Lower oil prices unlikely to lure Japanese utilities away from LNG: Eclipse
Recent falls in global oil prices were unlikely to prompt the switch from LNG to oil by Japanese power utilities seen earlier this year as LNG spot prices were this time likely to remain competitive, Eclipse Energy said this week.
According to Eclipse, a natural gas analytics and forecasting unit of Platts, the trigger point for utilities to turn off their least efficient gas-fired units and restart high efficiency oil-fired units is around $8.30/MMBtu for October, $8.41/MMBtu for November and $8.51/MMBtu for December.
The Platts JKM for cargoes for delivery in October was assessed at $7.85/MMBtu Tuesday, more than 40 cents lower than the potential switching threshold.
JKM swaps for November were assessed at $7.70/MMBtu and for December at $7.75/MMBtu.
The contango structure heading into winter was slight as additional supply from new Asian LNG projects poised to come online soon was putting some downward pressure on prices, which were expected to remain competitive throughout the coming winter, sources said.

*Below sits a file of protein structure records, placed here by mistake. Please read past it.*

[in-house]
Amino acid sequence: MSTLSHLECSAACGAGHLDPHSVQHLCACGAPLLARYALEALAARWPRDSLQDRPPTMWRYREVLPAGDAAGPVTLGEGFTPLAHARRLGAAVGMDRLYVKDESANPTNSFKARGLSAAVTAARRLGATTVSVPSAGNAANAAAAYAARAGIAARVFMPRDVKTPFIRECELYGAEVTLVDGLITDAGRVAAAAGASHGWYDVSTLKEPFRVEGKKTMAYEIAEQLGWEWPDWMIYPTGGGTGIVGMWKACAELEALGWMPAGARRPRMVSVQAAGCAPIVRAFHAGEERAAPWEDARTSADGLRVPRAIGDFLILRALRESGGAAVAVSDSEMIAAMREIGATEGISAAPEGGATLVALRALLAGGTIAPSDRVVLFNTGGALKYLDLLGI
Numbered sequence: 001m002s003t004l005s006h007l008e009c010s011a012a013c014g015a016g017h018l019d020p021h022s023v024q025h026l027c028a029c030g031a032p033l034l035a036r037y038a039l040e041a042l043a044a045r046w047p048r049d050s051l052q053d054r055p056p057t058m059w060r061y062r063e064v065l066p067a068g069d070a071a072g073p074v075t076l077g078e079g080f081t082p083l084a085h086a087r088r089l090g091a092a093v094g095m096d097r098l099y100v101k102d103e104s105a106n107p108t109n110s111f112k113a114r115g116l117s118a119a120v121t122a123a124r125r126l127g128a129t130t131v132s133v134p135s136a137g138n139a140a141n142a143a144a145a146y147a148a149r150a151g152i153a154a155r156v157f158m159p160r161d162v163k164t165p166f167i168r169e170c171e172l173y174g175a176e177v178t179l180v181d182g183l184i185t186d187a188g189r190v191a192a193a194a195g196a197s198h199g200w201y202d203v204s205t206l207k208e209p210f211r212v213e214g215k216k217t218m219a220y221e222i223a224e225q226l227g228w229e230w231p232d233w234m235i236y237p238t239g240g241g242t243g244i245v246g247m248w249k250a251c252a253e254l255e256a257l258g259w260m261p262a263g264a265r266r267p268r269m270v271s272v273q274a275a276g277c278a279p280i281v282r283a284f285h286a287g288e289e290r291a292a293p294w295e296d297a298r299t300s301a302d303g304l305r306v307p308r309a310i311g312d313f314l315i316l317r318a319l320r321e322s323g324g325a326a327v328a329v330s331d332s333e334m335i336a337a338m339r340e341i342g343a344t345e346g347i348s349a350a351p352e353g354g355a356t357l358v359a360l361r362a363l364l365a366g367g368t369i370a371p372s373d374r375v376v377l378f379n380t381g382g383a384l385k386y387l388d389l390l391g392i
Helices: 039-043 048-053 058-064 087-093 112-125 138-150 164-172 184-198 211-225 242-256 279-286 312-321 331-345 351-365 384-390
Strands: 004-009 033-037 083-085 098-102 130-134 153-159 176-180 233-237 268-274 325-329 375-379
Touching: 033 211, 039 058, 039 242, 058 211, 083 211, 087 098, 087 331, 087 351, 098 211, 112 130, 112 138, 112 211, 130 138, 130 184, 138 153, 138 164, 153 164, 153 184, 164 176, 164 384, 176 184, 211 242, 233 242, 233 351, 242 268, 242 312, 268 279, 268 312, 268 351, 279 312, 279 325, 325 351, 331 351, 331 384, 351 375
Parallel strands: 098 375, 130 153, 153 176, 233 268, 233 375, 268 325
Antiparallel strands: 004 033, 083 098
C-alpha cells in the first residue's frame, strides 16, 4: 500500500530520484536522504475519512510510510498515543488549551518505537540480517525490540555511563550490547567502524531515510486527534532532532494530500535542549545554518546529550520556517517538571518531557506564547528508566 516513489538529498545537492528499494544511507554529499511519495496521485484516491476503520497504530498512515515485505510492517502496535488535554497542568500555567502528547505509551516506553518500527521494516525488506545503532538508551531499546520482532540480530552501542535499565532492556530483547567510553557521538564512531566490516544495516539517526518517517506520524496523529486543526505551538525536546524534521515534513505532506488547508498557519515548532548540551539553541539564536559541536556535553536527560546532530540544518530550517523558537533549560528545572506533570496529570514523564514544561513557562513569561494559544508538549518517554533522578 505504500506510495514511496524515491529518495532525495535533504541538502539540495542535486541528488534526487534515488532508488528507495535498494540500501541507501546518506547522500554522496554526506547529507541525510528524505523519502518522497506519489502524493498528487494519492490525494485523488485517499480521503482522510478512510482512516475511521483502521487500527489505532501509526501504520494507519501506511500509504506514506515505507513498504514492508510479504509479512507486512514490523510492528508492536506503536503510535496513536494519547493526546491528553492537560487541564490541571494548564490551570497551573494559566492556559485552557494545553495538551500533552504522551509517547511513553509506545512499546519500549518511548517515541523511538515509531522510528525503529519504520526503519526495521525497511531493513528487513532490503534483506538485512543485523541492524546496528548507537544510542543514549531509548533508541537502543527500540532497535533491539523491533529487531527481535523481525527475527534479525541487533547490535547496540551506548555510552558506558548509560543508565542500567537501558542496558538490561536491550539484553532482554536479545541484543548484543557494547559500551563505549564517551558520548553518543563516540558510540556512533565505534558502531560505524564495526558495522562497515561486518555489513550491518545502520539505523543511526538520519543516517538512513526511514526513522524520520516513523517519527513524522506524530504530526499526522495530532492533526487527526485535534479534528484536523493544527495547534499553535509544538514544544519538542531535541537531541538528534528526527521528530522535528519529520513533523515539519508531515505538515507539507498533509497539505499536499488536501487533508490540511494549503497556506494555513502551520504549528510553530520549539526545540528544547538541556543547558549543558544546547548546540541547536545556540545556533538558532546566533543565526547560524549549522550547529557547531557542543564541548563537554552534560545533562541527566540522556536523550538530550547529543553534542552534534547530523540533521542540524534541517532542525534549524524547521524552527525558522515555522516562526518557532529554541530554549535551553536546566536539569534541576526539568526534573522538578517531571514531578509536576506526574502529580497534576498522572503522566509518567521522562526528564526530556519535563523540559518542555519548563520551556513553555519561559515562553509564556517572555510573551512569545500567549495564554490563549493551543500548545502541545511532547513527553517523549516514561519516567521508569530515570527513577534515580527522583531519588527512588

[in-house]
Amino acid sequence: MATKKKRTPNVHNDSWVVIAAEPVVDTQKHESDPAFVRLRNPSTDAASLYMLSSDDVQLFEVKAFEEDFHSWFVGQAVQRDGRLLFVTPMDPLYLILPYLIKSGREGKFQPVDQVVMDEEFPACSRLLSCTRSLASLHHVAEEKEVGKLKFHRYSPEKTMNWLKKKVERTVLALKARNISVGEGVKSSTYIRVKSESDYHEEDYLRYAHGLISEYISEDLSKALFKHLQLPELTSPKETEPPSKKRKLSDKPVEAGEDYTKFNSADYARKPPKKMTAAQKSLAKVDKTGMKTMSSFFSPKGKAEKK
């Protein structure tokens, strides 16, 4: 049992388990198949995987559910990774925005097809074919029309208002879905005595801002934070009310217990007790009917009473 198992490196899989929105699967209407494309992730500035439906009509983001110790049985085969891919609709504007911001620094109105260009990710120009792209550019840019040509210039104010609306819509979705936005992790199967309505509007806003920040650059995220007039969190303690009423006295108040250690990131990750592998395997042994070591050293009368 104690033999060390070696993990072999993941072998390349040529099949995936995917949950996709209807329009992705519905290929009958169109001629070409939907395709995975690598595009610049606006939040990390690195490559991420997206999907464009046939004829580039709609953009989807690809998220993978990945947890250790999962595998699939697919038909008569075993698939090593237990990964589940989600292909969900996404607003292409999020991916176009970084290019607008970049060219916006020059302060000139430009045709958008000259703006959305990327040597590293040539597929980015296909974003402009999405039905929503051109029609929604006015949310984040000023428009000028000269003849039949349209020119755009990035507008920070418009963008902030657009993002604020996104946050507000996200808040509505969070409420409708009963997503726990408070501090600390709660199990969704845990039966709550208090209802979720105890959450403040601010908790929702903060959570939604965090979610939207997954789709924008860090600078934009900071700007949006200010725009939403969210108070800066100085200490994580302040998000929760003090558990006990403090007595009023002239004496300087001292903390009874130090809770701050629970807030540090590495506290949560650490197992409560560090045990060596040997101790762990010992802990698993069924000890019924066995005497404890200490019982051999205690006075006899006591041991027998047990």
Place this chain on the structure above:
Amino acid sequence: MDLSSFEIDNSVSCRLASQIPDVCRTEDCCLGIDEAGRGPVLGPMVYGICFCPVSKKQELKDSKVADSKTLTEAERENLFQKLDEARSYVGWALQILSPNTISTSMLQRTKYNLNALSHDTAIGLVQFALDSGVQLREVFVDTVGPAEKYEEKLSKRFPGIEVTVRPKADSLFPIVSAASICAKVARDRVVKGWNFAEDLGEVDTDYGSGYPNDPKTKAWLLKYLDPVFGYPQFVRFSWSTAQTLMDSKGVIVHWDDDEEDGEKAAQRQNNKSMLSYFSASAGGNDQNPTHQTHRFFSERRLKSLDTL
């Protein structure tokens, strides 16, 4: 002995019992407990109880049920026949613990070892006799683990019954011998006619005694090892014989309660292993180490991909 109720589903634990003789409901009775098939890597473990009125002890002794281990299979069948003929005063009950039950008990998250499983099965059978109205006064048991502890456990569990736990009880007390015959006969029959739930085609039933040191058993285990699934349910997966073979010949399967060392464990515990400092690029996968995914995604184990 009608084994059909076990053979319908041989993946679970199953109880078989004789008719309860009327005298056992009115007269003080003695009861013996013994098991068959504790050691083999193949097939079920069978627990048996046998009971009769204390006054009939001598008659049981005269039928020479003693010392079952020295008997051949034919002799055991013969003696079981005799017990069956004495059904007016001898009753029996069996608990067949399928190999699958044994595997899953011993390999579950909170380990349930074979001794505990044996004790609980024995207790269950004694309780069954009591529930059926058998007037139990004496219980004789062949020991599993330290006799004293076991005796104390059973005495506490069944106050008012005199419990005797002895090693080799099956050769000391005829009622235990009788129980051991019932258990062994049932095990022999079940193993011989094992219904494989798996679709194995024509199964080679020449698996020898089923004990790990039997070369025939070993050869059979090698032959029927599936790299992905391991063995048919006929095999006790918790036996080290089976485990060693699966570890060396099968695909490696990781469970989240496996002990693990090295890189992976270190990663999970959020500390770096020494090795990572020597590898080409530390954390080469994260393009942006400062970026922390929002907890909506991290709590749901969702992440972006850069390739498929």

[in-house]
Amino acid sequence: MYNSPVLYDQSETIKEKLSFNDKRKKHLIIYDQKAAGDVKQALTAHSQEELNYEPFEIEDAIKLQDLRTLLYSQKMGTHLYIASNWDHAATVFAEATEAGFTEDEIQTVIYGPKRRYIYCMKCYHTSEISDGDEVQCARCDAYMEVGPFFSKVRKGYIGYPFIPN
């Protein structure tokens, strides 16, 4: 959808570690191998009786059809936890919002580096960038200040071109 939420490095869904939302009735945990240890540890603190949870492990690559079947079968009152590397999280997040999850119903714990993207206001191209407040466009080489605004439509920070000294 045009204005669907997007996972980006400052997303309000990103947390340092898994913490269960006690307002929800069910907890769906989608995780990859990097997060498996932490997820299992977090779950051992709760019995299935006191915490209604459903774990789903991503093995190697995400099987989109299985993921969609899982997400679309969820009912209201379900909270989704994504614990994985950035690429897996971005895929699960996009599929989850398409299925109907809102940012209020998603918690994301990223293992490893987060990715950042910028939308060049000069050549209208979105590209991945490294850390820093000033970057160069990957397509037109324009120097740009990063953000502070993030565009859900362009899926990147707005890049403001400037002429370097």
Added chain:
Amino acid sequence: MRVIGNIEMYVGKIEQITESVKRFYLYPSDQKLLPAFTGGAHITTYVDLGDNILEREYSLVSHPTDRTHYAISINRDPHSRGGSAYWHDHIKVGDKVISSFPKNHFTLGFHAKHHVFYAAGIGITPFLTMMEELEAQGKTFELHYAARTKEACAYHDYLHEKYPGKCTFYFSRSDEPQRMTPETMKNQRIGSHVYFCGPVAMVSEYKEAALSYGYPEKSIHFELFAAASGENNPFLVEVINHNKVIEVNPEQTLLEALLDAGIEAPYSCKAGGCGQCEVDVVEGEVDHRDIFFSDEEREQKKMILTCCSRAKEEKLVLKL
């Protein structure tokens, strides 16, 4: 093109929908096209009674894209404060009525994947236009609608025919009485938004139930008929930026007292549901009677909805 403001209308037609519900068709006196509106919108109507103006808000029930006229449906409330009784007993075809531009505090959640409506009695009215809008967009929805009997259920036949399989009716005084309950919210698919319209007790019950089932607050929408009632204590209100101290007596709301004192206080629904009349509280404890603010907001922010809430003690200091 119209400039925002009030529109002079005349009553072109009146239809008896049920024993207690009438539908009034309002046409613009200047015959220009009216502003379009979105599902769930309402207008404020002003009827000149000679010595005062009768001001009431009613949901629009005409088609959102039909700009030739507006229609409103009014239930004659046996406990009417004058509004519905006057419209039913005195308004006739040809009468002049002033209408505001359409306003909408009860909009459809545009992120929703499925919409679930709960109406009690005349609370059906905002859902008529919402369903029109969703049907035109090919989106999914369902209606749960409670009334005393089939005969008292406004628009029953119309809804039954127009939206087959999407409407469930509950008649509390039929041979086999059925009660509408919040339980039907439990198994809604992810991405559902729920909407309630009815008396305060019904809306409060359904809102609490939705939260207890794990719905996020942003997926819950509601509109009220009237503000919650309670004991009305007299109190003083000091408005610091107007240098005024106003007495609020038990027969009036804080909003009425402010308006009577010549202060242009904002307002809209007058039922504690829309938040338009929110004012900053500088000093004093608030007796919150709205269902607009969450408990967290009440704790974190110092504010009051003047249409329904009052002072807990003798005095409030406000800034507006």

However, a North Asian utility source said fuel switching could occur at some older, less efficient gas-fired plants. “It’s all about economics; studying which units are cheaper,” he added.
Several Japanese power utilities switched to oil from LNG over December- January when global oil prices fell sharply, but the trend was short-lived.
Crude and fuel oil have been falling out of favor for power generation in Japan as the country’s oil-fired plants are generally outdated and inefficient.
Higher oil prices prior to the recent decline and growing environmental awareness have also discouraged their use.
Japan’s 10 major power utilities consumed 100,251 b/d of crude oil over April-July, down 18% from the same period a year earlier, Federation of Electric Power Companies of Japan data showed.
The use of fuel oil fell 5% over the same period to 144,847 b/d.